Whether you find yourself constantly immersed in day-to-day challenges or facing major organisational shifts, a well-crafted geospatial strategy can assist your organisation to navigate the challenges of today and be prepared for the future.

The place and time for a Geospatial Strategy

Every day, business-as-usual challenges for a high performing geospatial team will keep the best GIS administrators and managers fully occupied.  Challenges include prioritising everyday demands for data, maps and reports balanced with keeping up to date with rapidly changing technology, undertaking critical data management and providing technical problem solving and support.

These tasks are essential to maintain business-as-usual operations, but they alone cannot prepare your team for the strategic challenges ahead.  These challenges may be posed by :

  • Organizational Change: Mergers, corporate restructuring, and major shifts that demand a realignment of geospatial capabilities.
  • Major Projects: Rapid or expanded geospatial requirements to support critical projects.
  • Technological Transformations: The adoption of new technologies, like a ‘cloud-first’ policy or changes in vendor products and support.
  • Team Dynamics: Adjusting to new leadership or significant team restructuring and new personnel.
  • Urgent Needs: Responding to incidents or near misses that require immediate information, field mobility, or impact analysis

Change can be an opportunity to refocus and reset your priorities and technical imperatives.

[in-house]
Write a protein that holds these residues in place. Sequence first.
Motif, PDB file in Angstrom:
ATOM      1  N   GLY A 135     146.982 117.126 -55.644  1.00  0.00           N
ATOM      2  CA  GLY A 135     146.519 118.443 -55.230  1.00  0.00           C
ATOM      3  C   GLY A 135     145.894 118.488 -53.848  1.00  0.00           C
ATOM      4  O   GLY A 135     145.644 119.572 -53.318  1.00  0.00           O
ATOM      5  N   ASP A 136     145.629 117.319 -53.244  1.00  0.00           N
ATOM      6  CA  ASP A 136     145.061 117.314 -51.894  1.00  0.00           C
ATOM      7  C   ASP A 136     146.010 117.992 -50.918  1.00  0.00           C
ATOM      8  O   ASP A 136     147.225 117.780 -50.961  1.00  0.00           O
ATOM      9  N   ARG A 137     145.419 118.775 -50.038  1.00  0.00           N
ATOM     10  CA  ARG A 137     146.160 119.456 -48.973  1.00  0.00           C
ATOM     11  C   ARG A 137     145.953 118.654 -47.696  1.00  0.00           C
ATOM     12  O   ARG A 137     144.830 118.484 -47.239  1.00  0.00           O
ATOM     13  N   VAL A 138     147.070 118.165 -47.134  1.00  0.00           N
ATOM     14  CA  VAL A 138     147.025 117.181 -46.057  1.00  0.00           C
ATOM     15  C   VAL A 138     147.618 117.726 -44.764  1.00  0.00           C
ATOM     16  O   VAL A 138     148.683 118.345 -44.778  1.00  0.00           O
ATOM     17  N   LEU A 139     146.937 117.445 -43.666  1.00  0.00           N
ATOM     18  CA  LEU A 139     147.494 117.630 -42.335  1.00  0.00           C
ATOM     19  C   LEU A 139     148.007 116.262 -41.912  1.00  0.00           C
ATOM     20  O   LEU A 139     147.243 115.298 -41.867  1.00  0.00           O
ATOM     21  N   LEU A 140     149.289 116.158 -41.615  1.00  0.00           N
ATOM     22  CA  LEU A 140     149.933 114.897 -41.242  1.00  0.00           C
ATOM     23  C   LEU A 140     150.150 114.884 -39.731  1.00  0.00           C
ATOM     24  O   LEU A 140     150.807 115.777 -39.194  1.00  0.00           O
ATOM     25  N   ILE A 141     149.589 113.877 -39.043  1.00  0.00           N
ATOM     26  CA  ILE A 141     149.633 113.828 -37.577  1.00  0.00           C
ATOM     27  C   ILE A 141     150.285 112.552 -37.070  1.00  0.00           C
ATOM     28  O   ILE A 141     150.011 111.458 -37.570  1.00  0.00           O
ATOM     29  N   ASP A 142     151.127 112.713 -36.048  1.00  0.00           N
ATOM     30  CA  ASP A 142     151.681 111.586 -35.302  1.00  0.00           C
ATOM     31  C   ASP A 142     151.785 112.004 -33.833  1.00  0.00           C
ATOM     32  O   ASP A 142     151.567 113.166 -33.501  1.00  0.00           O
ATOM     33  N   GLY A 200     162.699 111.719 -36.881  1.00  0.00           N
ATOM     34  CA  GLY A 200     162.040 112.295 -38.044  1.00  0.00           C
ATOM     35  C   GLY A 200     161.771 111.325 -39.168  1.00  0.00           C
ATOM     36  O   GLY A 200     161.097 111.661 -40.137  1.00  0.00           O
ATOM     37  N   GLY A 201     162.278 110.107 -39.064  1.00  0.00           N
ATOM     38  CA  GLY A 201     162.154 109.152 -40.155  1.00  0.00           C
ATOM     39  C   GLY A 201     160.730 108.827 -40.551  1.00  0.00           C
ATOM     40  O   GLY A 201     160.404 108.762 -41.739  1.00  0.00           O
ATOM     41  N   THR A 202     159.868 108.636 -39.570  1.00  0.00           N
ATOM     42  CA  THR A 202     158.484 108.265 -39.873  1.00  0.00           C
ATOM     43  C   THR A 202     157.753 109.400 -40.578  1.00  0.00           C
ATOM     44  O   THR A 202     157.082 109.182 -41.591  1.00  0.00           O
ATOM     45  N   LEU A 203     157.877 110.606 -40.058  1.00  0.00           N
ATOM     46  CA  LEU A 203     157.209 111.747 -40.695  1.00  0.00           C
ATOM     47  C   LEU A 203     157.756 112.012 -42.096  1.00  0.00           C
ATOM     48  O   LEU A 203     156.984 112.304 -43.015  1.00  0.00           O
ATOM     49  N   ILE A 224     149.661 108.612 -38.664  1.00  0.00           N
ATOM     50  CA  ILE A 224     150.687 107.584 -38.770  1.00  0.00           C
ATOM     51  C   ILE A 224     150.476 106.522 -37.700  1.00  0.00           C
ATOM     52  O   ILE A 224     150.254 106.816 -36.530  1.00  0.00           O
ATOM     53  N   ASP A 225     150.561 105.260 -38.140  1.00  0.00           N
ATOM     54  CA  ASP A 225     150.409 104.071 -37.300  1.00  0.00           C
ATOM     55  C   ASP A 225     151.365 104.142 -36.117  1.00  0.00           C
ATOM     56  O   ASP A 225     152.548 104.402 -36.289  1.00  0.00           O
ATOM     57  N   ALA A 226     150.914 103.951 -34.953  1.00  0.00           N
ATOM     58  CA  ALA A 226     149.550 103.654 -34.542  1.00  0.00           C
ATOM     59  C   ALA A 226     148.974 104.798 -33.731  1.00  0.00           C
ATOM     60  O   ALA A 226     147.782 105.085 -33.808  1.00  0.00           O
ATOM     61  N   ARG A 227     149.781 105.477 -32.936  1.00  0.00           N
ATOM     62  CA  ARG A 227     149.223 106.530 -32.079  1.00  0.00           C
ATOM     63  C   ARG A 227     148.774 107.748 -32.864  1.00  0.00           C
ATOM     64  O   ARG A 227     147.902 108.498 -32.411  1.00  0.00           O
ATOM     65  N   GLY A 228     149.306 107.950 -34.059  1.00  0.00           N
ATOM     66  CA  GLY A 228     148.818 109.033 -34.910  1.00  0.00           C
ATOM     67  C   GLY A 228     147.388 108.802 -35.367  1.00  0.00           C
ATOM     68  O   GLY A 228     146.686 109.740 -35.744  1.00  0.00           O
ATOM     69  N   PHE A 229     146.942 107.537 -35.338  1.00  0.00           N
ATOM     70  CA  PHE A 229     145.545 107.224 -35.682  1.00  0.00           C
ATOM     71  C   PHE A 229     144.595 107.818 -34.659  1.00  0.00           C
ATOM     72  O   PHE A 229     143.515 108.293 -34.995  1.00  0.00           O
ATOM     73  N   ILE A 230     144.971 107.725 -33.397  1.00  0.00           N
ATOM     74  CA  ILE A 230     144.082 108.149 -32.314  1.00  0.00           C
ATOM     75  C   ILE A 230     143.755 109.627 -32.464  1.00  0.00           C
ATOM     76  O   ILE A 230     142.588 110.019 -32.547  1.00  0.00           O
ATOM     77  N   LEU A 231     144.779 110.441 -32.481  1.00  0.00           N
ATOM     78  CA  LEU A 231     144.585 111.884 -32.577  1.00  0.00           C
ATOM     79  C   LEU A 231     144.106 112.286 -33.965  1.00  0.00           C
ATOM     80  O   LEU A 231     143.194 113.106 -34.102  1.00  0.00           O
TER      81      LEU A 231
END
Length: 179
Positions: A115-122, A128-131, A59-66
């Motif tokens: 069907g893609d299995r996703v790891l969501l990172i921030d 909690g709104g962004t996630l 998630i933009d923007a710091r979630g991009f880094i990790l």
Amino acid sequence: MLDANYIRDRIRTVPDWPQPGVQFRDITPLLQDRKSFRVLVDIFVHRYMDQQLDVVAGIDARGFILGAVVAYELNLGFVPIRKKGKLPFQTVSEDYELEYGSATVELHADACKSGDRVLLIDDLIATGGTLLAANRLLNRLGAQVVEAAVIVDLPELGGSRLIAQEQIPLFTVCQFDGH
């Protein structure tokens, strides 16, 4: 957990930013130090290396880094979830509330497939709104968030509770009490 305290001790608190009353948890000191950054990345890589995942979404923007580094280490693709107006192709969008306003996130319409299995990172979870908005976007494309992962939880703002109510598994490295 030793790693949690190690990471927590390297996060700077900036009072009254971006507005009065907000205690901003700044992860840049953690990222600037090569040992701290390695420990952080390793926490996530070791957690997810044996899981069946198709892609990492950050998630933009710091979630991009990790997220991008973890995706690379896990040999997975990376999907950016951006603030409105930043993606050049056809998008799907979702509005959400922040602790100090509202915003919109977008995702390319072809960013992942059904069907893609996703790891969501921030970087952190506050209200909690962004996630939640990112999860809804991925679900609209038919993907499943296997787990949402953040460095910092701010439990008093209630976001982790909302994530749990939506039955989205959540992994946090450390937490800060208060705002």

The Power of a Geospatial Strategy

A geospatial strategy provides guidance as you shift focus from day-to-day tasks to a longer-term outlook, setting a direction within your control that responds to business requirements and technology changes.  It is an opportunity to raise the profile of geospatial within an organisation and help drive efficiency and productivity gains on multiple levels.

  • Strategic Alignment : Define the direction needed to meet business requirements and technological change that aligns with the organisational goals.
  • Raise the Profile of Geospatial: Elevate the importance of geospatial intelligence within your organisation.
  • Drive Collaboration and Efficiency: Identify opportunities for collaboration, efficiency and productivity gains on multiple levels.

In developing a strategy and roadmap you will gain an understanding of the current state, what is working, where are the pain points and what you may be missing.  Most importantly, the consultation phase will seek to clarify business requirements by engaging broadly across the organisation and at all levels to develop an inclusive set of requirements.   This analysis often reveals common issues across business units and promoting collaboration and shared problem solving.

A Good to Great Geospatial Strategy

A good geospatial strategy will align to business goals, connect to business values and build upon the strategic context and existing capability of an organisation.  The strategy will consider the operational and technical settings including digital transformation initiatives as well as sector opportunities such as smart cities and digital twins.

A great strategy does not simply deliver a roadmap document, it provides tailored resources to engage with the Executive, to help promote the strategy and emphasise the importance of geospatial and potential for business impact.   A well-crafted Geospatial Strategy is an initiative to propel organisations forward, to embrace change and implement key strategic actions.

Spatial Vision is currently working with a range of organisations including local governments, state government groups, water authorities and renewable energy companies to develop strategies and future ready geospatial capabilities.  Read about our recently delivered strategies and how they are assisting our clients;